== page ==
Viral replication relies on host metabolic machinery and precursors to produce large numbers of progeny - often very rapidly. A fundamental example is the infection of Escherichia coli by bacteriophage T7. The resource draw imposed by viral replication represents a significant and complex perturbation to the extensive and interconnected network of host metabolic pathways. To better understand this system, we have integrated a set of structured ordinary differential equations quantifying T7 replication and an E. coli flux balance analysis metabolic model. Further, we present here an integrated simulation algorithm enforcing mutual constraint by the models across the entire duration of phage replication. This method enables quantitative dynamic prediction of virion production given only specification of host nutritional environment, and predictions compare favorably to experimental measurements of phage replication in multiple environments. The level of detail of our computational predictions facilitates exploration of the dynamic changes in host metabolic fluxes that result from viral resource consumption, as well as analysis of the limiting processes dictating maximum viral progeny production. For example, although it is commonly assumed that viral infection dynamics are predominantly limited by the amount of protein synthesis machinery in the host, our results suggest that in many cases metabolic limitation is at least as strict. Taken together, these results emphasize the importance of considering viral infections in the context of host metabolism.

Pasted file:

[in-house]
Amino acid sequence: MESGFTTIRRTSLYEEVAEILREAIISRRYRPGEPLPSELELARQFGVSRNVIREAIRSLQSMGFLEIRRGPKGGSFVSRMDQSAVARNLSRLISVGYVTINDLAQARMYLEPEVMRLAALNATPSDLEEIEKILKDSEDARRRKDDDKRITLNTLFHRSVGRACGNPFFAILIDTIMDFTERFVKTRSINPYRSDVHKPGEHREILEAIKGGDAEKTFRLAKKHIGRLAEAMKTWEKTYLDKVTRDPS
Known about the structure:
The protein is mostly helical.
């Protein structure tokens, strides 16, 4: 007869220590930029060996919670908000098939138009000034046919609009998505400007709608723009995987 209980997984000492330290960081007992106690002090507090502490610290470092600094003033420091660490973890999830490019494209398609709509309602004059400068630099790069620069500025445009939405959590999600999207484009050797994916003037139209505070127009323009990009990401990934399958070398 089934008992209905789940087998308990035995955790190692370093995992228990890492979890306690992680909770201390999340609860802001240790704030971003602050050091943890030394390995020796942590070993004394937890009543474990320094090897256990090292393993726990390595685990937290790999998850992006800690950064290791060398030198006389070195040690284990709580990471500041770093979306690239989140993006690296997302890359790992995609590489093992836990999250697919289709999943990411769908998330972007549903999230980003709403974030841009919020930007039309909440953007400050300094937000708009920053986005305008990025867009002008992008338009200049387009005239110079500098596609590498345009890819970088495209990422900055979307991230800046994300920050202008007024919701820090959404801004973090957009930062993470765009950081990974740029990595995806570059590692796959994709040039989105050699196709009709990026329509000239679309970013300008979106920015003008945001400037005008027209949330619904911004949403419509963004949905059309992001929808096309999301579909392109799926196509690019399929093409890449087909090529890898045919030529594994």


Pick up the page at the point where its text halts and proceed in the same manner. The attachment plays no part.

Provides the simulation code used in published integration of phage T7 ODEs and E. coli FBA.
The associated publication described the integration of T7 phage viral replication Ordinary Differential Equations with host E. coli metabolic Flux Balance Analysis such that the two models interact and constrain one another over the time course of infection and virion synthesis. This code runs the simulations and produces the results figure panels in the publication.
Provides: the flat files and model specific functions describing the particular models used (.text and MatLab formats); the modular and generalizable functions defining the simulation integration method developed (MatLab formats); and the parsers and visualization functions (MatLab formats and R) that produce the publication associated figures.See all Downloads